My infatuation with movie posters continues to this day (although with three young kids, my serious collecting days are some time off, yet). As a kid, the work of Drew Struzan was everywhere. Remember the posters for Indiana Jones? The Goonies? Technical brilliance! My tastes fall somewhere between the amazing portraiture of Struzan, the expressionistic and detailed style of Chantrell, and the bold graphic statement of Bass. All have been a profound inspiration in my design and illustration work. It’s still a point of fascination for me when we go to see a movie… I wander around, and check out the new posters. However, it seems as though the true art of the movie poster is falling to the side of the road, as far as mainstream movies go, anyway. Independent films have always had kind of cool (and occasionally bizarre) poster art, but lately, it’s as though the fine art has gone away. The new Indiana Jones film brought back a spark of life, though, as Struzan nailed it again! And Batman Returns?! Man…. Great stuff, and the two versions, each with the burning bat symbol (one of Batman, one of the Joker) are great, and really play up the menacing undertones (and overtones, let’s be honest here) of the movie. Would a hand-painted or rendered piece have been better? I submit that in this particular example, it could not. There’s a time and place for almost every style and technique, it would seem.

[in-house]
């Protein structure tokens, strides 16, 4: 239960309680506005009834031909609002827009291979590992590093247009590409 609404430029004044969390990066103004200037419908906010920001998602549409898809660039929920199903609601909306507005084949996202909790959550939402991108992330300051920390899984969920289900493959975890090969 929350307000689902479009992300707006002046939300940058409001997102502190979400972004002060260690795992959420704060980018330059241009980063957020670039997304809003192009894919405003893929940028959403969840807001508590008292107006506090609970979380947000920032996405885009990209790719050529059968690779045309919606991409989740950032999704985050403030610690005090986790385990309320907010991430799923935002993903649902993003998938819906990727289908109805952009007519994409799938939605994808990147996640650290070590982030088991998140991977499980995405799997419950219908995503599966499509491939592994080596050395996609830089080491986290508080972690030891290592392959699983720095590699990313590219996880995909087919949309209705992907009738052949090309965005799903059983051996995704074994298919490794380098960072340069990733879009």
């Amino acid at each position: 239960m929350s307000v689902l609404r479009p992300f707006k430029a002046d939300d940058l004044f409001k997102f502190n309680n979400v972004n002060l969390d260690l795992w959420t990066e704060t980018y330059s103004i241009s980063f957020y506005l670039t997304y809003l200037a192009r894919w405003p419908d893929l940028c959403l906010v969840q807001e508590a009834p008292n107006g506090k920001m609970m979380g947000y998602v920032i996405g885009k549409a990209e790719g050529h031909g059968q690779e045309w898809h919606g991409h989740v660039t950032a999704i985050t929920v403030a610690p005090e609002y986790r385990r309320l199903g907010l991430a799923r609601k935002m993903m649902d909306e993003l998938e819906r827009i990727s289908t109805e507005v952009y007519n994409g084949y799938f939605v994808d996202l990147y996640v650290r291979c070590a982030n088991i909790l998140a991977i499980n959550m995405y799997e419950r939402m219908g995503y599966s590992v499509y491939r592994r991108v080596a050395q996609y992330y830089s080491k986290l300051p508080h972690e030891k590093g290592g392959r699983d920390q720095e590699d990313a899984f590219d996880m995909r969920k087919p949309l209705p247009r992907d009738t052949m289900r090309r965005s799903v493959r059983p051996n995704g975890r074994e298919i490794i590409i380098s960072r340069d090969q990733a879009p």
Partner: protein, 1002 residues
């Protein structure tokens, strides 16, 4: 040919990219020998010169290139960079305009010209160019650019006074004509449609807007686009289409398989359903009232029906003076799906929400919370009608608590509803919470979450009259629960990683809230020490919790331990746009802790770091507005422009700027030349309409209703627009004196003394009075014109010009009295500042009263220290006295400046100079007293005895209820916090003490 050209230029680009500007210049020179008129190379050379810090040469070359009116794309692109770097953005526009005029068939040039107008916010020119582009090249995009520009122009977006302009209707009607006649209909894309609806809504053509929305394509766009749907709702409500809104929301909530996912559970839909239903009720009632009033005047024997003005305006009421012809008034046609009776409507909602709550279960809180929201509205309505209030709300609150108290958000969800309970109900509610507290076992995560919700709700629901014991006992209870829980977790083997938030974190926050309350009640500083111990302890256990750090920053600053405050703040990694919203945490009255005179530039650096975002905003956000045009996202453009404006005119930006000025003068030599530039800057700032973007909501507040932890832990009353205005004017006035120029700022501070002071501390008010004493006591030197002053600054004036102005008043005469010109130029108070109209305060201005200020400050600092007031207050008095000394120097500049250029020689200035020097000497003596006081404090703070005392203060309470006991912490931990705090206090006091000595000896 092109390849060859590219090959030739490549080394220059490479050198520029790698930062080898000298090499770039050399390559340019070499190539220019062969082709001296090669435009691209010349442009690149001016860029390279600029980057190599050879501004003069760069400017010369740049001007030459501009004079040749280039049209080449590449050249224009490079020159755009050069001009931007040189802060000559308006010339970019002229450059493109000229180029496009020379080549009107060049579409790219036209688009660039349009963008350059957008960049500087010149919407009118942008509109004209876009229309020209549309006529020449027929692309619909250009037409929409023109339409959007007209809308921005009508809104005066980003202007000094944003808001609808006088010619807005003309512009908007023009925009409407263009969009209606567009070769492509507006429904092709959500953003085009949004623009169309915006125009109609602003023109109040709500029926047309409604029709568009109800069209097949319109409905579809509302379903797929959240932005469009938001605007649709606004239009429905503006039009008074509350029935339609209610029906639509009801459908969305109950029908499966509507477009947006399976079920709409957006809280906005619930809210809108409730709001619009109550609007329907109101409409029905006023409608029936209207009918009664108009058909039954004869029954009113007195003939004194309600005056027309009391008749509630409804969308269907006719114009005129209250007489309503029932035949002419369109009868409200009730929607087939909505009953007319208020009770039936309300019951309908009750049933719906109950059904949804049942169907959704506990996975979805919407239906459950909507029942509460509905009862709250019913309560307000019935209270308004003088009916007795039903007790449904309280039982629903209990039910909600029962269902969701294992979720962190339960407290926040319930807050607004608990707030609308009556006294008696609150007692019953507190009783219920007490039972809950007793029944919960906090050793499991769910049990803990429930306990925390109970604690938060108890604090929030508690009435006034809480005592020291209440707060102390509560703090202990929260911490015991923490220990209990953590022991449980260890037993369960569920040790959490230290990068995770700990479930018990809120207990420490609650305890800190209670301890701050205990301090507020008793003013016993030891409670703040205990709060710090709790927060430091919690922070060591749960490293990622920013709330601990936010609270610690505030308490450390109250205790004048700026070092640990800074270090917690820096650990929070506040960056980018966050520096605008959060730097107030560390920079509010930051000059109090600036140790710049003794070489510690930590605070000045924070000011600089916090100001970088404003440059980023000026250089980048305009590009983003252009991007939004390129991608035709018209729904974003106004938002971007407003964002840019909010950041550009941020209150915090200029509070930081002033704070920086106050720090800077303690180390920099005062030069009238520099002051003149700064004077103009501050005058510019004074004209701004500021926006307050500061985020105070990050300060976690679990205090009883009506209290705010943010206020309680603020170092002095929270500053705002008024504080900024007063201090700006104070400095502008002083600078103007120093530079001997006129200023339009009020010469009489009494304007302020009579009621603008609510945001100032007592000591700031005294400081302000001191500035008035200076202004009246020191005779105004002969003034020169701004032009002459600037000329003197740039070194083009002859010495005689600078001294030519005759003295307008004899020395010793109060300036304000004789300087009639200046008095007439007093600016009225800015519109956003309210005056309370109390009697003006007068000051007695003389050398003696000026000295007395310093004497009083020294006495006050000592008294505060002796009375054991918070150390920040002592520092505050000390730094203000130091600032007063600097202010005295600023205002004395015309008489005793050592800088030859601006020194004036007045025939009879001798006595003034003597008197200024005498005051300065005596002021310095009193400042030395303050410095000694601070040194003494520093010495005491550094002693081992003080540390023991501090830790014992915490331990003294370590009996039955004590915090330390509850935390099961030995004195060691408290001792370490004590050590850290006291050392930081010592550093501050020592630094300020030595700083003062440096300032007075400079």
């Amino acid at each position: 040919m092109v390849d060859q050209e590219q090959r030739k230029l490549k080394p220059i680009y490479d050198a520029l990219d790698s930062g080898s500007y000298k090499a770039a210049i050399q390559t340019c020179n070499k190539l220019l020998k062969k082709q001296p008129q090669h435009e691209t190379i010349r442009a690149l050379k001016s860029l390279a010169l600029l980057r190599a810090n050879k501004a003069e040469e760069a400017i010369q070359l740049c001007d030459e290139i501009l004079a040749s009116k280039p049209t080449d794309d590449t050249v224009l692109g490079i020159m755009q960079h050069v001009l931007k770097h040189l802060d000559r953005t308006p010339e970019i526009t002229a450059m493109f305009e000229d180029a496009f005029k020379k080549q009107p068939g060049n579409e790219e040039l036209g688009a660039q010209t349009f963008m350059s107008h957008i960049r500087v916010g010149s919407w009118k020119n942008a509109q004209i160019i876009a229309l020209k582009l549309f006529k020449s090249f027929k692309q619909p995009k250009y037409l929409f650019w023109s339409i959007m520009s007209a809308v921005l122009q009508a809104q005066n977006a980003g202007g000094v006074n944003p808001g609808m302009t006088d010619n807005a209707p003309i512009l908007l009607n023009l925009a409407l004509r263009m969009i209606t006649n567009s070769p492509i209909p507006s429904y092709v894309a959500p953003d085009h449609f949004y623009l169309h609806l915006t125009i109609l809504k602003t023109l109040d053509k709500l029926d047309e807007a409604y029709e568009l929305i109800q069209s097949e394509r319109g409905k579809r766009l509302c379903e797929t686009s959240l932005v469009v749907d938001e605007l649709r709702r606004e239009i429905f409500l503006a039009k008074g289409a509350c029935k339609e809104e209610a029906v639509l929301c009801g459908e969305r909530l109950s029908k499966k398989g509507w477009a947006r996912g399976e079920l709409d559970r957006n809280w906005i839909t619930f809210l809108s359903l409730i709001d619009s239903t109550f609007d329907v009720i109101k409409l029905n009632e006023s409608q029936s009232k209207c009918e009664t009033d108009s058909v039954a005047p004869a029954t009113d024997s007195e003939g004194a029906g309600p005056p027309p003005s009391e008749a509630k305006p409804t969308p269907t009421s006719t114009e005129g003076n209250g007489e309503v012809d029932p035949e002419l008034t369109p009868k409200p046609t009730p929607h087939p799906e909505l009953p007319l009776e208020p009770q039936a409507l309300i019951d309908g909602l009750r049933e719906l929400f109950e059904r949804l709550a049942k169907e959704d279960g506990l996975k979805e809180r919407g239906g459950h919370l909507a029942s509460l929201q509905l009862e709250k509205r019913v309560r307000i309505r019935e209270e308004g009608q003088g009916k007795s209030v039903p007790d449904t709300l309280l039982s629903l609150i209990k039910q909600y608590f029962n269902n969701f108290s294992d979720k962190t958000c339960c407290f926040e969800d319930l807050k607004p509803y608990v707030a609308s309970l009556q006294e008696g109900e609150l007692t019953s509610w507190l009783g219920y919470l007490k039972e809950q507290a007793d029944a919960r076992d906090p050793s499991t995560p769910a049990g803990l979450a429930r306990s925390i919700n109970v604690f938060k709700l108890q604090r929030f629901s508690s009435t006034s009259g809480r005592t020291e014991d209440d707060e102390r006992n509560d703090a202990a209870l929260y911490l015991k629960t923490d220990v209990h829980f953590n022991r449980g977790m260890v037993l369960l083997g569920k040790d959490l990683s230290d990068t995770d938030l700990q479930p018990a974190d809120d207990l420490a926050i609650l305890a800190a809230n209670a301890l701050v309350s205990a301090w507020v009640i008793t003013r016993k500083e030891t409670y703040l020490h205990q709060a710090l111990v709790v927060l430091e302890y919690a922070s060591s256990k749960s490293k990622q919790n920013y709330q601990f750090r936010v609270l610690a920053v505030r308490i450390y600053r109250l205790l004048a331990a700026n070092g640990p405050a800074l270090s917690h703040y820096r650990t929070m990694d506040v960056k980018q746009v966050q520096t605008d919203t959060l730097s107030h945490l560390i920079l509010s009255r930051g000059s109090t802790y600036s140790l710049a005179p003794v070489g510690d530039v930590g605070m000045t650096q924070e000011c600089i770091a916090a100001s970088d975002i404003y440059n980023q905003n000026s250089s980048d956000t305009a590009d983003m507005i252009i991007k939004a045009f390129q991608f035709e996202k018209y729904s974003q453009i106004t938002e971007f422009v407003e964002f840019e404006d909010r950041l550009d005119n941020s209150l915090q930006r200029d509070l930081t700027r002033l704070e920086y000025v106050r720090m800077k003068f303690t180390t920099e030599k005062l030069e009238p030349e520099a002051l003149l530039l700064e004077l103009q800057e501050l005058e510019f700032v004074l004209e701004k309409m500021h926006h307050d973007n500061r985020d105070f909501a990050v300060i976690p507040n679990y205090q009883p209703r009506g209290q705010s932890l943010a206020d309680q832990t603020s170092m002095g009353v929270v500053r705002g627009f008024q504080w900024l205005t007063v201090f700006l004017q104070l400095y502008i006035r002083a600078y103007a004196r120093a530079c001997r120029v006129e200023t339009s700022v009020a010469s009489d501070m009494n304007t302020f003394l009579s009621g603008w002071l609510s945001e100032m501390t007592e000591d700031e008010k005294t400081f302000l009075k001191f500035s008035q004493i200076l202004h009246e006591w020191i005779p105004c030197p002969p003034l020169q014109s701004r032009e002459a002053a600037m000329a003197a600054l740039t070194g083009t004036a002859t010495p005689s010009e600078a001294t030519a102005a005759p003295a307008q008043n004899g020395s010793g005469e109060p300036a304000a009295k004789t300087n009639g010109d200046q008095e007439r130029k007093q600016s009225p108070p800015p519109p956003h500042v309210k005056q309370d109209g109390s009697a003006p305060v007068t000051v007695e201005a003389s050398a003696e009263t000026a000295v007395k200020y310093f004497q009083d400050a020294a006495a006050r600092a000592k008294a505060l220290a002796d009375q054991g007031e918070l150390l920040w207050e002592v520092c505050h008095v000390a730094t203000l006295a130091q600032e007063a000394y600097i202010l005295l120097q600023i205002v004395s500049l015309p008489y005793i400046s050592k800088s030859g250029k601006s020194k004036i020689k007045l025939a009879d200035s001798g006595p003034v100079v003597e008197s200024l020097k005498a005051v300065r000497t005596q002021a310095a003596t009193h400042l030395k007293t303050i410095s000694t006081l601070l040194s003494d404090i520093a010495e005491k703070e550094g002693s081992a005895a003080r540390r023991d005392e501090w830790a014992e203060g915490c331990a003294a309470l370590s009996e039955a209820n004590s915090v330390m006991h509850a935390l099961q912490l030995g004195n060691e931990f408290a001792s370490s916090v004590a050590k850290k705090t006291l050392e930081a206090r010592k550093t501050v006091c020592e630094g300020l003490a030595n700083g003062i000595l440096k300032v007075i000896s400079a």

In any event, I bring up the movie poster art topic for a few reasons: One, you may not have been aware of the things covered here (Hammer horror films, the posters, the designers), and I enjoy opening up a new subject for you to head out and experience; Two, I had wanted to answer a few questions that I’m often asked (‘where do you get inspiration from?’, ‘how did your style develop?’ and ‘what the Hell are you talking about?’); and three, hopefully, to inspire new designers who are trapped into relying on software and computers to draw for them to seek out what makes design and art so damn fun to begin with: creating it by hand! We’re already inundated by computer-generated, ‘cold’-feeling works that lack that human personality that shines through in all artwork. Now get out there, watch an old b-movie, seek out some wild inspiration from beyond the automotive sphere, break out the pencils and raise the bar.